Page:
It can be maddeningly difficult at times to reconcile the old with the new, and the Library of Congress is no exception.
At first glance, the columns, artwork and leather-bound books of what has been popularly referred to as “America’s library” look resistant to change. However, on the afternoon of June 27, the Civic Digital Fellowship participants were quick to challenge that assumption, making creative suggestions in order to further the Library’s core mission of making knowledge accessible to all. This nicely coincided with the Fellowship’s own goal of “inspiring and empowering people to use their technology skills for social good,” whether through data science, data journalism or applying their talents in government agencies.
The three exhibits which the Civic Digital Fellows were encouraged to examine aided in this effort. First, a collection of the original volumes donated to the Library of Congress by Thomas Jefferson in the aftermath of the 1814 Burning of Washington served as a useful reminder that accumulated knowledge is itself disruptive. Then, moving on to an exhibit about news media during World War I, the ability of journalism and advertisements to guide public opinion became apparent. Finally, a gallery of the work of courtroom sketch artists over the past century demonstrated the ability of innovative thinking to challenge pre-established norms (in this case, courtrooms’ longstanding ban on live cameras).
While viewing these exhibits, the fellows were encouraged to consider the following question: How has the way Americans consume knowledge evolved throughout the years? For example, Jefferson classified the books in his personal library under terms not familiar in today’s day and age – “Memory” instead of history; “Reason” in lieu of philosophy; and “Imagination” rather than art. Similarly, the fellows were asked to identify at least one item or fact from the exhibit whose truth was seemingly well-established at the time but has since fallen into dispute or has been proven incorrect.
Following their exploration of the Library, the fellows met with Barrie Howard, the Library of Congress’s Program Management Specialist for Internship and Fellowship Programs. The topic of their discussion was “Envisioning 2025,” and Howard encouraged the fellows to do exactly that: envision the technology, techniques and best practices that, by the next decade, could help the Library of Congress fulfill its mission of “contributing to the advancement of civilization and knowledge throughout the world.”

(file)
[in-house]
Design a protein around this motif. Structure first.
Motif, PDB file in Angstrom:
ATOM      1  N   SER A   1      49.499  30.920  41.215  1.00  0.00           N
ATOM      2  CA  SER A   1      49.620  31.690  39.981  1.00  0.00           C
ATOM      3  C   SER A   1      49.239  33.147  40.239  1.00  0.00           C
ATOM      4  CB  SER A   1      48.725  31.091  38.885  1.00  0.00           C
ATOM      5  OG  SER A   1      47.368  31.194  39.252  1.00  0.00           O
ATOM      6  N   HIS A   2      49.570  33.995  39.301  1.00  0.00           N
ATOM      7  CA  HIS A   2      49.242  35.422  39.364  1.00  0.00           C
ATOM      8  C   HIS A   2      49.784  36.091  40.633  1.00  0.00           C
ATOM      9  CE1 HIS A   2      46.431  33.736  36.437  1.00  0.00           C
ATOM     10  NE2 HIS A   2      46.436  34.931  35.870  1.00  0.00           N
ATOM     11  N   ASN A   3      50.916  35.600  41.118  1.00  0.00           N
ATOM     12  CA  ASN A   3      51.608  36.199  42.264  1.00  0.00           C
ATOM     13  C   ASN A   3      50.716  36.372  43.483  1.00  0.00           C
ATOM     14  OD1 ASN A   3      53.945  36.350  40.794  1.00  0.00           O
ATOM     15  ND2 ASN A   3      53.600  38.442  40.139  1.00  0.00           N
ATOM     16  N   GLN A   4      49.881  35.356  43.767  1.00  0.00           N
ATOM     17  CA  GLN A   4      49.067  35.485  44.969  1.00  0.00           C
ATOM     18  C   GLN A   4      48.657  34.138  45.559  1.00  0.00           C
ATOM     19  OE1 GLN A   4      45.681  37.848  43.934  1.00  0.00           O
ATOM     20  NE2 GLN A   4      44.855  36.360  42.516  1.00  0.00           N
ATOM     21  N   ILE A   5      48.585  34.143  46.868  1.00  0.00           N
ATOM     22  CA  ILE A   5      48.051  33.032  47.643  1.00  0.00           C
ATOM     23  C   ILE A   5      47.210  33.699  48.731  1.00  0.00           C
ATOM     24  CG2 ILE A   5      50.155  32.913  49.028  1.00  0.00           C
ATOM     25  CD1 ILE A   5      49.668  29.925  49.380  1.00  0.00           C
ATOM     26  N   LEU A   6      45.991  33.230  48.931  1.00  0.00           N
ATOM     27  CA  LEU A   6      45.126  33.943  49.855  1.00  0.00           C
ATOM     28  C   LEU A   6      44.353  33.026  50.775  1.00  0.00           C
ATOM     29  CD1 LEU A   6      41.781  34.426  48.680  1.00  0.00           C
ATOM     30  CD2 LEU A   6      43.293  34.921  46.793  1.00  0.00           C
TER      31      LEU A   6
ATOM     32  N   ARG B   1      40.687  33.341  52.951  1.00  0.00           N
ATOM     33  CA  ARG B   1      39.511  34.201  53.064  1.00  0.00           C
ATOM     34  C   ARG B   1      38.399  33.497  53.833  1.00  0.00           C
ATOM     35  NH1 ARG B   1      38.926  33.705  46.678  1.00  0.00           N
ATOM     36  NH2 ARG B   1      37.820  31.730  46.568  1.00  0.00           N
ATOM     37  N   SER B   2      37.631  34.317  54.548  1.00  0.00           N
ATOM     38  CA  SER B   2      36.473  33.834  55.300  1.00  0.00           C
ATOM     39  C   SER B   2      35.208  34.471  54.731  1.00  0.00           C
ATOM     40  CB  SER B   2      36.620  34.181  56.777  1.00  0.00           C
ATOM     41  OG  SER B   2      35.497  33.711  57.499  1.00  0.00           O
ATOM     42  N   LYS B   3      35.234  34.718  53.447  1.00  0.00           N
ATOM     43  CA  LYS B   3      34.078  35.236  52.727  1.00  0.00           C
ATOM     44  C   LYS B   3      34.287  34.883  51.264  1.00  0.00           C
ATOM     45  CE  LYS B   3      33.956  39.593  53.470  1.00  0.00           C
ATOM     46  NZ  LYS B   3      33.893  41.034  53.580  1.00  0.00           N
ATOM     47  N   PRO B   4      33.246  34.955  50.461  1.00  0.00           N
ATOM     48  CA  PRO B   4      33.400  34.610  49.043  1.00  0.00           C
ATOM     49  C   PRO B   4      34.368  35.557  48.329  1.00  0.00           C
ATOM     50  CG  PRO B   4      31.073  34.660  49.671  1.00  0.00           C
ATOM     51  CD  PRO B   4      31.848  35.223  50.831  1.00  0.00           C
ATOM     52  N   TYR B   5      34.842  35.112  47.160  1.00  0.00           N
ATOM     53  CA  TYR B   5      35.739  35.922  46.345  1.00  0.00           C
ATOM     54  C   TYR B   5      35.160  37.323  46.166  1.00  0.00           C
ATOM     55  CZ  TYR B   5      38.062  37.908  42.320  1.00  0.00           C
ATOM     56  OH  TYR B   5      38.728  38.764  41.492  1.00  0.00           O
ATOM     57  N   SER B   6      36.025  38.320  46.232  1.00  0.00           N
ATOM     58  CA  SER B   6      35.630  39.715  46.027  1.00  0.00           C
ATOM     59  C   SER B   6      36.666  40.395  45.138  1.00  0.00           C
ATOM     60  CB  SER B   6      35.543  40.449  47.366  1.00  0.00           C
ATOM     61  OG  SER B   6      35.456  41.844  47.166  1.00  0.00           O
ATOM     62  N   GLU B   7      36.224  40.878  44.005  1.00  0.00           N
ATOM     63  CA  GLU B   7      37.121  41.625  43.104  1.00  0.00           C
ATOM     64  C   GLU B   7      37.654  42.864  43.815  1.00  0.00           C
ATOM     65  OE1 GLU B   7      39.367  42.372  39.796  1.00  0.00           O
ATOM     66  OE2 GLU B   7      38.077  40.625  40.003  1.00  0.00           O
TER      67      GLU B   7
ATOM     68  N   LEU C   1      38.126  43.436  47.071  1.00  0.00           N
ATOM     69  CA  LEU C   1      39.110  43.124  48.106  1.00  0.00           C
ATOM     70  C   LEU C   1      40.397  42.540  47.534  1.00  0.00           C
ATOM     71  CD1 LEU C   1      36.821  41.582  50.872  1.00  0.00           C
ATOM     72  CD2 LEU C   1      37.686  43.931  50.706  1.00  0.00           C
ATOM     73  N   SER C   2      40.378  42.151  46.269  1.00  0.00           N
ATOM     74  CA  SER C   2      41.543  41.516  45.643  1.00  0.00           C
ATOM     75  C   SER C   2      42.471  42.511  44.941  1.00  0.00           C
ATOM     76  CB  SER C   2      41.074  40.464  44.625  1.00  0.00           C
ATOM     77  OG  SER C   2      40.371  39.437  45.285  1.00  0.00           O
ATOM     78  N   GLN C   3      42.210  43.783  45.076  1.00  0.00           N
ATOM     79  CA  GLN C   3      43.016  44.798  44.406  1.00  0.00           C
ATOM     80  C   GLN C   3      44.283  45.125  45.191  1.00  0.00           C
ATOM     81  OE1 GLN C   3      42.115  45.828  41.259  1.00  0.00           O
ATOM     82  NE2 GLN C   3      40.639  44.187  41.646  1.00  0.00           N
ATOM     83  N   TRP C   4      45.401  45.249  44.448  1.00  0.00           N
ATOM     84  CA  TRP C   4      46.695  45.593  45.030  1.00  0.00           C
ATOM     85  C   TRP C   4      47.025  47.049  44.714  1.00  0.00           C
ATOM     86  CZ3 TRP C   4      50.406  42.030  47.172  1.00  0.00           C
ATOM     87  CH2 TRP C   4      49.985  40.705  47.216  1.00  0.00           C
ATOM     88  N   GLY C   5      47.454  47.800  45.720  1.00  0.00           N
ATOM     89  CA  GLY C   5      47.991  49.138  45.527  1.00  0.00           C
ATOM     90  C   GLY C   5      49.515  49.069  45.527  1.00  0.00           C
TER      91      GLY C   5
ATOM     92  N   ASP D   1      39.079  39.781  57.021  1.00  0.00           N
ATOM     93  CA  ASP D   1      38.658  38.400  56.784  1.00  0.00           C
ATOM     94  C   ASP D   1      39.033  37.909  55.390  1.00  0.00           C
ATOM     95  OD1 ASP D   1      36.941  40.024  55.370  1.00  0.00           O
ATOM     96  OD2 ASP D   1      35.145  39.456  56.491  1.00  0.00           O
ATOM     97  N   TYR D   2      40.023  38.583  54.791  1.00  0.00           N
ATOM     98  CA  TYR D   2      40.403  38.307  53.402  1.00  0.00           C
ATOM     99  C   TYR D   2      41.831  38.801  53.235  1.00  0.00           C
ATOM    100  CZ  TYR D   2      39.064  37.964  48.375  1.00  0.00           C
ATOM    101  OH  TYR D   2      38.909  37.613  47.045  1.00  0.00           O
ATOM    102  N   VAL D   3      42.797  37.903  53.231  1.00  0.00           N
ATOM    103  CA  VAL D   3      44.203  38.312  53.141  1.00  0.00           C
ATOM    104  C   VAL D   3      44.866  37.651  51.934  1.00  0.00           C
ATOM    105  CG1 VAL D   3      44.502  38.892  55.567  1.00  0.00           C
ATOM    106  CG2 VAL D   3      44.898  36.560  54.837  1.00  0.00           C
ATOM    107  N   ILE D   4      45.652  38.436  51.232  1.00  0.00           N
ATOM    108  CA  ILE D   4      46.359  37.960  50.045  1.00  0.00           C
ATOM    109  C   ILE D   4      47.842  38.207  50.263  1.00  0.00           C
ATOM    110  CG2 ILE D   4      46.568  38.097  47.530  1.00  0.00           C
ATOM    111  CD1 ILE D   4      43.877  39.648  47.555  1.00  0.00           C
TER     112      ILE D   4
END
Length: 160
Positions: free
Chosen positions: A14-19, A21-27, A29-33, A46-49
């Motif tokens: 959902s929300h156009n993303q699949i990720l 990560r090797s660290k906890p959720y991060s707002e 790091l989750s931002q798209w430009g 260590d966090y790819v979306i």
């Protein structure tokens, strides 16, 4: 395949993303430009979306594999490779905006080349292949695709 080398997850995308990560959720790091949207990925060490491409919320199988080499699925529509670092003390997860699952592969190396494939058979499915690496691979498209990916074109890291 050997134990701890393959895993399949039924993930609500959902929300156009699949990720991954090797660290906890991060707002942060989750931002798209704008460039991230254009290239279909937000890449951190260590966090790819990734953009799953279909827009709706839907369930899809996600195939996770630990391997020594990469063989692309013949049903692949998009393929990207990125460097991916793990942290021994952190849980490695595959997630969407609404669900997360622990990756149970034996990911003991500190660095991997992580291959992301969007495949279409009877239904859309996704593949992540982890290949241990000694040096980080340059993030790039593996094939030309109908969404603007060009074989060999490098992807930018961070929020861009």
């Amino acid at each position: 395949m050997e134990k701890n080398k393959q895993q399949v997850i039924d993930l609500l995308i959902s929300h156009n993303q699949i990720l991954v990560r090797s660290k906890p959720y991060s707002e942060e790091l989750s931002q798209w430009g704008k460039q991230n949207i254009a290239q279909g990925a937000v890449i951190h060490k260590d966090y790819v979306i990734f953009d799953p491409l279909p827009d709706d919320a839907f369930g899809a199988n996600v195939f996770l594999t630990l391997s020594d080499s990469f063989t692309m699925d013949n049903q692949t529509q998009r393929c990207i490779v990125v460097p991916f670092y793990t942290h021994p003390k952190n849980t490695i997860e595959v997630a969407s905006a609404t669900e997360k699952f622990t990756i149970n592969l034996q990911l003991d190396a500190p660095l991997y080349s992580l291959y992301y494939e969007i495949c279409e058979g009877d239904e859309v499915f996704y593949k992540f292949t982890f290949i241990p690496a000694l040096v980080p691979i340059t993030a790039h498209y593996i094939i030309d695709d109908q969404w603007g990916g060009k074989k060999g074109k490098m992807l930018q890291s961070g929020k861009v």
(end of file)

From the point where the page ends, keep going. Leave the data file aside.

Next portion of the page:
“Digital hygiene” was the focus of the dialogue, and Howard invited suggestions from the fellows about how to keep this aspect of the Library of Congress’s services new and original. Among the suggestions were calls for taking greater advantage of the “majestic grandeur of the architecture,” finding ways to do away with the cumbersome paper guide maps in exchange for a digitalized alternative, and adopting the interactive “smart” pen used by some museums to enliven their content for visitors. One of the most interesting suggestions was to provide online finding aids, like an app, for the figures depicted on the Library’s ceiling.
This willingness to rely on the judgement of resident fellows is nothing new for the Library of Congress, which will welcome twenty residents of its own in the fall. Indeed, Howard made the point that the very idea of residencies, taken from the medical and educational communities, is a way to bridge a classroom education with something more experiential. This, when combined with Howard’s assertion that the Library of Congress relies on more specialized collections around the country to fill the gaps in its own knowledge, makes the idea of intellectual collaboration all the more important. A lesson impressed on the participants of the Civil Digital Fellowship as they consider the prospects of post-collegiate work in government.
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